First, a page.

Tenants in an apartment have the right to expect the property will be reasonably safe so they are not exposed to unnecessary risks or unacceptable dangers. Property owners and managers have basic obligations like maintaining common areas. Property owners, apartment managers and/or security companies can potentially become responsible if they fail in their obligations to tenants. Victims who are hurt because of a failure to fulfill a legal obligation may consult with a premises liability lawyer for assistance in making a claim for damages.
Among the duties of property managers is to provide adequate security. When a security company serves the property, it also has a basic obligation to provide a reasonable level of security it has been contracted to provide. One recent lawsuit filed after a horrific crime is based on premises liability laws and alleges a property owner, property management company, and security provider failed in their obligations to a tenant, leading to her death.
Negligent Security Lawsuit Filed After Murder
The recent lawsuit reported on by the Sun Sentinel involves allegations the property managers, security company and property owners failed in their security obligations and facilitated a break-in that turned fatal. The lawsuit was filed in June, one year after the victim was killed. The victim was a pastry chef living in an apartment, and her parents are the plaintiffs in the wrongful death claim.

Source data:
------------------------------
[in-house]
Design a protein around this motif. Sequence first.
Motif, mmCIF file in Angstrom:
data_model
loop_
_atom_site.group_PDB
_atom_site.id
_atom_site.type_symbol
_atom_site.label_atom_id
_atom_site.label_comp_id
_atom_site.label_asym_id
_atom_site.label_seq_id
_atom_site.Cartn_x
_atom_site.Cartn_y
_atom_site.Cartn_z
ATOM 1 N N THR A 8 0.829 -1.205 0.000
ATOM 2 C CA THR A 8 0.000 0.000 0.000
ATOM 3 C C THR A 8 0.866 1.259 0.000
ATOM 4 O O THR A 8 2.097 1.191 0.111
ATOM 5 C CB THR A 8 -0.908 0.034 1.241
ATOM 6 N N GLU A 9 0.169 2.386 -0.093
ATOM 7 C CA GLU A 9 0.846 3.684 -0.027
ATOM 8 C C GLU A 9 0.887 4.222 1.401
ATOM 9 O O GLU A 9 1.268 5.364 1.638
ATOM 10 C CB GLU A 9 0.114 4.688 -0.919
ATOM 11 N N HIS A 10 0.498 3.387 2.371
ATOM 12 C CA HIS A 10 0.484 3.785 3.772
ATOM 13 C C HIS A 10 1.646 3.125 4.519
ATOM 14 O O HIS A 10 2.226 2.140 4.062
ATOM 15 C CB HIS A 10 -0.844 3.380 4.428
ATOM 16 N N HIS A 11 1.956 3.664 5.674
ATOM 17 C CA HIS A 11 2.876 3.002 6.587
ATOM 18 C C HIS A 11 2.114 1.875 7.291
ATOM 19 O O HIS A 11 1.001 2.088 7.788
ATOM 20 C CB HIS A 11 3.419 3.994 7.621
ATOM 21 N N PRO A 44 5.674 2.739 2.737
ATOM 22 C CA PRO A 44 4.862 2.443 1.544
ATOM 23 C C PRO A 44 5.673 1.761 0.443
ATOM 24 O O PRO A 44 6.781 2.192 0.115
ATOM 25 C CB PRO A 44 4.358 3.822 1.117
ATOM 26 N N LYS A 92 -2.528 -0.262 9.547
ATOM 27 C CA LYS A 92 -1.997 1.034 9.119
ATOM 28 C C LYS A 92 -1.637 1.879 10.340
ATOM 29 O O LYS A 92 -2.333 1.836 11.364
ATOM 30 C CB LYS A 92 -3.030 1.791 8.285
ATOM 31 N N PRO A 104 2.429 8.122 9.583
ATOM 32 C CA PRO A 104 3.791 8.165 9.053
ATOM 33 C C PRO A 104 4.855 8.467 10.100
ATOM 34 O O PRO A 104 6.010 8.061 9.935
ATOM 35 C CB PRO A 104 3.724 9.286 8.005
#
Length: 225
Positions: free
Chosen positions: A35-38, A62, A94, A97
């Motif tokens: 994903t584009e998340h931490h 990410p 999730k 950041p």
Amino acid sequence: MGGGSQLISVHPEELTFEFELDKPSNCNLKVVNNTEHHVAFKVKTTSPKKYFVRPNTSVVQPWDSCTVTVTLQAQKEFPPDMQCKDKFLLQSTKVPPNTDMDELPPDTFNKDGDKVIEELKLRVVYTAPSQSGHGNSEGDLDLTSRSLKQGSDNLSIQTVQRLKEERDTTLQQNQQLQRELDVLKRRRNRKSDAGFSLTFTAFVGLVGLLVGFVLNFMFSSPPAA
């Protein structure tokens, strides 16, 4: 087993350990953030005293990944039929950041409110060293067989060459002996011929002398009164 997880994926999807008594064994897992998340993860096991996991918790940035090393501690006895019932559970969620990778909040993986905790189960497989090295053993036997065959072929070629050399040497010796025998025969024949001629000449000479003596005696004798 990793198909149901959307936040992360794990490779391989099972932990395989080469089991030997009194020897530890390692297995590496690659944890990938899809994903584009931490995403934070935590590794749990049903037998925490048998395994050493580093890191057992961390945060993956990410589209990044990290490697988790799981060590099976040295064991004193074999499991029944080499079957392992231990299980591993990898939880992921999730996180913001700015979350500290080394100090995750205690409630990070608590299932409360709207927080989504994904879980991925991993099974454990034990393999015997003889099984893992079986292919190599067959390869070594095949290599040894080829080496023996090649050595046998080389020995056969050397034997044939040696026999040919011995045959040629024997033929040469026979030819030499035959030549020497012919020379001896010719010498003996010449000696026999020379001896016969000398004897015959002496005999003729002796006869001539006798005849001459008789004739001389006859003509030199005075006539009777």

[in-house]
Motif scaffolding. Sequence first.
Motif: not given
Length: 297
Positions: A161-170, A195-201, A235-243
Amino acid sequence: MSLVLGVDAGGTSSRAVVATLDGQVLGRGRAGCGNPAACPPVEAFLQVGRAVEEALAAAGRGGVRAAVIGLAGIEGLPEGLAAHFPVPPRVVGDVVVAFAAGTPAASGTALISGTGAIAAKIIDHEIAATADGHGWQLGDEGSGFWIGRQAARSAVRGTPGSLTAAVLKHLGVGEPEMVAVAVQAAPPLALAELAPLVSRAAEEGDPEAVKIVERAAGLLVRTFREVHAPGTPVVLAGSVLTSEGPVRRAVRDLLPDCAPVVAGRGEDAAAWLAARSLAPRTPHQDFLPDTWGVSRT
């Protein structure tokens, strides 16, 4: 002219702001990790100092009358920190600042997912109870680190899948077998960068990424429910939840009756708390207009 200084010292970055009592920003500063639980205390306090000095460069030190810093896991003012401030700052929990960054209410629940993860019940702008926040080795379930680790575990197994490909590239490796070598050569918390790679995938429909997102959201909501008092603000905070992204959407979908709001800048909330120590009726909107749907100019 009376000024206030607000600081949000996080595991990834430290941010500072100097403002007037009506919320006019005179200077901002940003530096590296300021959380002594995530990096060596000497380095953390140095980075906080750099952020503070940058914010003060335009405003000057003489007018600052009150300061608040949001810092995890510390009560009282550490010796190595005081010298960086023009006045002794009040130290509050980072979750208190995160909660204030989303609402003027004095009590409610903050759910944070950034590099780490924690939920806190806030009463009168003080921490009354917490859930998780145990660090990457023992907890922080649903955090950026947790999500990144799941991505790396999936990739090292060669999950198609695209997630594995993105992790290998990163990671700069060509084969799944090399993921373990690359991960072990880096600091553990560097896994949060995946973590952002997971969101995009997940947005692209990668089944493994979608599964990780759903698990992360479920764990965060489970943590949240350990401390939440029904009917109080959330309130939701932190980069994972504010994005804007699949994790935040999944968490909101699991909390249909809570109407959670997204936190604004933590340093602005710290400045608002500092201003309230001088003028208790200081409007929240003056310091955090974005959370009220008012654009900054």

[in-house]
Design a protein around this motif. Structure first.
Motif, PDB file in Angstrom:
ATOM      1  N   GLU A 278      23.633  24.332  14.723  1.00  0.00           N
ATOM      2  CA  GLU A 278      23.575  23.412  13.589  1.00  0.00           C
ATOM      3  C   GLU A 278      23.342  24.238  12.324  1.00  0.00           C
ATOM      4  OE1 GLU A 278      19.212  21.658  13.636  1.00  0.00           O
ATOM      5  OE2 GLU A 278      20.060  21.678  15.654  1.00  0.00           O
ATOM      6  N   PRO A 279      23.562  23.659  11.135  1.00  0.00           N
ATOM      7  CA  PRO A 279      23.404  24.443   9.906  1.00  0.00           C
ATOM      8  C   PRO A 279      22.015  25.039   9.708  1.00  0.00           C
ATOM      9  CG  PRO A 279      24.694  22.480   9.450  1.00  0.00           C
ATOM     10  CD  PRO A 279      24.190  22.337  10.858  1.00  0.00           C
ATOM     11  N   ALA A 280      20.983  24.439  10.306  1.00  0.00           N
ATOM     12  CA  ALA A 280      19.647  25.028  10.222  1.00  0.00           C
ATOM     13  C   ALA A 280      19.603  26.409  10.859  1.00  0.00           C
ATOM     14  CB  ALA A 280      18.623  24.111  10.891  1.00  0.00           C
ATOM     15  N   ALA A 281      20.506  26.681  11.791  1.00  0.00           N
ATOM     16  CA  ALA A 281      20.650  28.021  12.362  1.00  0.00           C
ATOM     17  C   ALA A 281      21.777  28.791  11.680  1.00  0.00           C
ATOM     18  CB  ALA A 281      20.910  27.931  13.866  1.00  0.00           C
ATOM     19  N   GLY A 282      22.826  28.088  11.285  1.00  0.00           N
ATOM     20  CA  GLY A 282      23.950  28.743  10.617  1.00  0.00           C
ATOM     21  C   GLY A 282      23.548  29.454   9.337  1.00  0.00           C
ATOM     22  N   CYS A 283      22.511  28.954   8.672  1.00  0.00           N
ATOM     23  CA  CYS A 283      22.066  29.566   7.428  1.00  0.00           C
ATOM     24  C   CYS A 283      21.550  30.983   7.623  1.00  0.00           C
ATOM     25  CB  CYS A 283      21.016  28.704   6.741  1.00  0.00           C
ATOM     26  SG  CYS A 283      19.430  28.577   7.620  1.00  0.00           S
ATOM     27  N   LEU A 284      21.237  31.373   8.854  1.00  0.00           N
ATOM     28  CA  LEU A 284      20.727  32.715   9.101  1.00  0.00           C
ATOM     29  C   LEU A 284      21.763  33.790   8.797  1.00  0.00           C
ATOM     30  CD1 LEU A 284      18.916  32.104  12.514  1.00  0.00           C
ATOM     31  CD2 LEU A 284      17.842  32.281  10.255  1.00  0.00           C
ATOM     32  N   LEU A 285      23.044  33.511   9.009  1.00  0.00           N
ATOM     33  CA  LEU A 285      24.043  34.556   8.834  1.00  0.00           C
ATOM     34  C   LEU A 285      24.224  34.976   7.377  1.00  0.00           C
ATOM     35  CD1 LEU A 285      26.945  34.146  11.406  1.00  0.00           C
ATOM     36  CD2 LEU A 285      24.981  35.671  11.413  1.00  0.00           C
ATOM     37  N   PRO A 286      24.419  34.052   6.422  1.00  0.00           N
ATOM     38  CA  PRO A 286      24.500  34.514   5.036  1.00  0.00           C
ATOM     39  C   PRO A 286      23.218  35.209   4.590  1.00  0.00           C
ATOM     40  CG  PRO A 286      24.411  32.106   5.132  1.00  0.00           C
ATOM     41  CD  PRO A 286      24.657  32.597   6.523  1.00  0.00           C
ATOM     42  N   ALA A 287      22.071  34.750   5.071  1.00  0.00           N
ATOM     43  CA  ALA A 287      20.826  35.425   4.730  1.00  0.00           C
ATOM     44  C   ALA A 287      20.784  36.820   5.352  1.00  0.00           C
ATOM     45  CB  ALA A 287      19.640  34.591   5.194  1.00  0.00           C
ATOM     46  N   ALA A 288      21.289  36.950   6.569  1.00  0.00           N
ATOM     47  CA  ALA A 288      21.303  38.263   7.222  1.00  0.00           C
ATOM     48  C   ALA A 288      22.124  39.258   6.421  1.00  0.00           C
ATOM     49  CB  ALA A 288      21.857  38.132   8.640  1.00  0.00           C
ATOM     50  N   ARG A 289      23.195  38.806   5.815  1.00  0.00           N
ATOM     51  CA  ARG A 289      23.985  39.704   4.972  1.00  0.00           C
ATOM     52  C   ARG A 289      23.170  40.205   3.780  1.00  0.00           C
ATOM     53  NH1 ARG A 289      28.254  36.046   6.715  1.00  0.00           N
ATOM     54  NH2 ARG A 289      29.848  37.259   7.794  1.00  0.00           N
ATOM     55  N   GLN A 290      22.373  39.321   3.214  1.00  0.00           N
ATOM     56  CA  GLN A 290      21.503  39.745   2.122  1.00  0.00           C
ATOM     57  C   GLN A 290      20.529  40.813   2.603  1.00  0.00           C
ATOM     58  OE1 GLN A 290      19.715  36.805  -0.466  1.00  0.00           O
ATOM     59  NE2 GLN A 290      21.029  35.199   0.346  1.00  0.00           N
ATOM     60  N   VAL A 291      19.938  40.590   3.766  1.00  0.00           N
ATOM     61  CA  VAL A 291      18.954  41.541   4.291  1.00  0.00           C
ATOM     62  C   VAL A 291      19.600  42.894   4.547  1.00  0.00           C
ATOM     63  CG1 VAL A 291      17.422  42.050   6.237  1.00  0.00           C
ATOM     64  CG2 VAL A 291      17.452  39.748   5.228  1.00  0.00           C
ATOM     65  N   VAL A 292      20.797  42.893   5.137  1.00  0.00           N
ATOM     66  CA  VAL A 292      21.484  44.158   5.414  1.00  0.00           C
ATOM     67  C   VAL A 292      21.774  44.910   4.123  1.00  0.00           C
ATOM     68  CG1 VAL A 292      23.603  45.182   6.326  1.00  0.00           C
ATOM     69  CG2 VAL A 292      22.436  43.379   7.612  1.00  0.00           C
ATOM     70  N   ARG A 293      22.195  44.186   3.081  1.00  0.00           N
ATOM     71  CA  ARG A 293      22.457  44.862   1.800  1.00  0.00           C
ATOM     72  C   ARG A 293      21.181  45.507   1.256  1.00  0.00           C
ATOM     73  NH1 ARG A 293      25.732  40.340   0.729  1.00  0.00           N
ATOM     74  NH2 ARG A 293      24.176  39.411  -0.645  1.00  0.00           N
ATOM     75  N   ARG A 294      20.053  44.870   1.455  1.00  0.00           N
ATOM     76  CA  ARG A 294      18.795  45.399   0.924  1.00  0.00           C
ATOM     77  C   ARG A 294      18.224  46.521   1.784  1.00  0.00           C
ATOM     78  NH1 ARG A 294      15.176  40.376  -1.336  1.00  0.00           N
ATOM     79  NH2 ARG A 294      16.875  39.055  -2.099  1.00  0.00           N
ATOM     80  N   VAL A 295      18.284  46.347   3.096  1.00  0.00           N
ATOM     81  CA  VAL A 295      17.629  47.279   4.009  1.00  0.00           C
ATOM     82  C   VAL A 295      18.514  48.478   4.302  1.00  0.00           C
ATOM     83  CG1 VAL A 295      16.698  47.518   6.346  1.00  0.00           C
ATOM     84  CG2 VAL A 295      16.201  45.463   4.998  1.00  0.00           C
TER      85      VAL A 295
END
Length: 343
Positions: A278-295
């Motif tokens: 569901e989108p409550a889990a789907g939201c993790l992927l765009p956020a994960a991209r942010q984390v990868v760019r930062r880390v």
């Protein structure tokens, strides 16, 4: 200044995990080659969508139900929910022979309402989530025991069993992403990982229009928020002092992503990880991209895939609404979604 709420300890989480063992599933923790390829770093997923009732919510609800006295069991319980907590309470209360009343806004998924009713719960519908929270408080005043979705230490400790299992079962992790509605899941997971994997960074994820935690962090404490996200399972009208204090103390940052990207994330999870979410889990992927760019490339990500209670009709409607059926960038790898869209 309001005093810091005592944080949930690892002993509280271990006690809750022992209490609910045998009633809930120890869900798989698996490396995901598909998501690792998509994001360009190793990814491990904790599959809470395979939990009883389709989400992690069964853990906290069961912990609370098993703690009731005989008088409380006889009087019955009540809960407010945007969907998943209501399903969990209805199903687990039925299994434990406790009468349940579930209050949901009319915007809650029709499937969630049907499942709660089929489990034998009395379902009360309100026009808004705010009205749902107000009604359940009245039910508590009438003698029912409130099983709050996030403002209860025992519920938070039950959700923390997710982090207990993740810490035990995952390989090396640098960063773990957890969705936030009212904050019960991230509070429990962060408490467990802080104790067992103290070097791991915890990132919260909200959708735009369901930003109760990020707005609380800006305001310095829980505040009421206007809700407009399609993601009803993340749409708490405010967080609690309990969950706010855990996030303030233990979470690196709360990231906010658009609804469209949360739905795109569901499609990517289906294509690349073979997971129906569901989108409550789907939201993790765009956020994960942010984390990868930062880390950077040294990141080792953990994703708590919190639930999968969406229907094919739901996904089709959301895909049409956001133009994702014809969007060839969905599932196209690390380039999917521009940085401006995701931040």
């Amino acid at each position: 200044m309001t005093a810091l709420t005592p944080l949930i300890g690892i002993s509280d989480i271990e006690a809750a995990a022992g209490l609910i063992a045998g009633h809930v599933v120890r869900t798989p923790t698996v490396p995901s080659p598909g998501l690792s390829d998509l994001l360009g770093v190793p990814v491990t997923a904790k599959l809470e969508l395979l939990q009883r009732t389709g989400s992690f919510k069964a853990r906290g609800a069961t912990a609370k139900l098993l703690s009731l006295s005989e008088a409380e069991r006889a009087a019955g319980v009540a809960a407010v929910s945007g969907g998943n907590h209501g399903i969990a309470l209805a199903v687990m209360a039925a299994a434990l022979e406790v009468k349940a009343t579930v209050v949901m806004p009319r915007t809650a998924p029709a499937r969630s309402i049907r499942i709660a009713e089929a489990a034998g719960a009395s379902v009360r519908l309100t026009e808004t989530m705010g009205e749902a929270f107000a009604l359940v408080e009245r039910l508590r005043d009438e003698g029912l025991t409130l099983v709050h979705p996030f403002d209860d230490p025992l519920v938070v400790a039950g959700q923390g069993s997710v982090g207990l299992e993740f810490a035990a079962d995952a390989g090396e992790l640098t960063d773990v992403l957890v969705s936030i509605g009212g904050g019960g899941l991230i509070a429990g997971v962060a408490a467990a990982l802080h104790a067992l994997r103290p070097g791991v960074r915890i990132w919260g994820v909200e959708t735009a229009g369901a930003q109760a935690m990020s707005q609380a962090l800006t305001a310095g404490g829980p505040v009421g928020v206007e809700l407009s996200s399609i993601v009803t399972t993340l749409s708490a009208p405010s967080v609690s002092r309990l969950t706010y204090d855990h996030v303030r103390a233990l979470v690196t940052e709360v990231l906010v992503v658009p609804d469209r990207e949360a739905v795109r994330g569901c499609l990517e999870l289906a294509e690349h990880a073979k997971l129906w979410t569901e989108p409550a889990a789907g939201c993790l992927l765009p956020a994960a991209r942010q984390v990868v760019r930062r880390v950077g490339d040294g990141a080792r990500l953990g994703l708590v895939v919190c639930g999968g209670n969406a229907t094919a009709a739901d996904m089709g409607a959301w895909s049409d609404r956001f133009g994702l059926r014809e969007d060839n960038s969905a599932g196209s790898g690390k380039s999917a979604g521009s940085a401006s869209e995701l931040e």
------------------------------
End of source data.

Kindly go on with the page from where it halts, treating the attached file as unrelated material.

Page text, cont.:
The victim was allegedly killed by her neighbor, who was 15 at the time and who is 16 now as he awaits trial for premeditated murder, armed burglary and petty theft. The alleged perpetrator, who is being tried as an adult, reportedly broke into the victim's house in June 2014. He entered the home through a sliding glass door in the kitchen and he took the victim's wallet. He also used a kitchen knife from the victim's home to stab her multiple times.
Parents of the victim claim negligent security made the crime possible. They allege, among other things, there was inadequate lighting in the gated apartment complex, the security firm did not do its job, and the locks were not sufficient to keep criminals out of apartments. It will be the burden of the parents to prove their case in court in order to be awarded damages from the defendants for the death of their daughter.
Property managers, property owners and security companies cannot be expected to prevent every criminal act. To determine if they are responsible for the incident here, an assessment will need to be made on what their duty was to the victim, whether they failed in their obligation, and whether their failures were a direct cause of the fatal crime. It is also important to determine if the hazards the defendants failed to protect against were foreseeable. In other words, the parents must show it was a reasonable possibility a criminal would have been able to break into the victim's apartment as a likely result of substandard security conditions.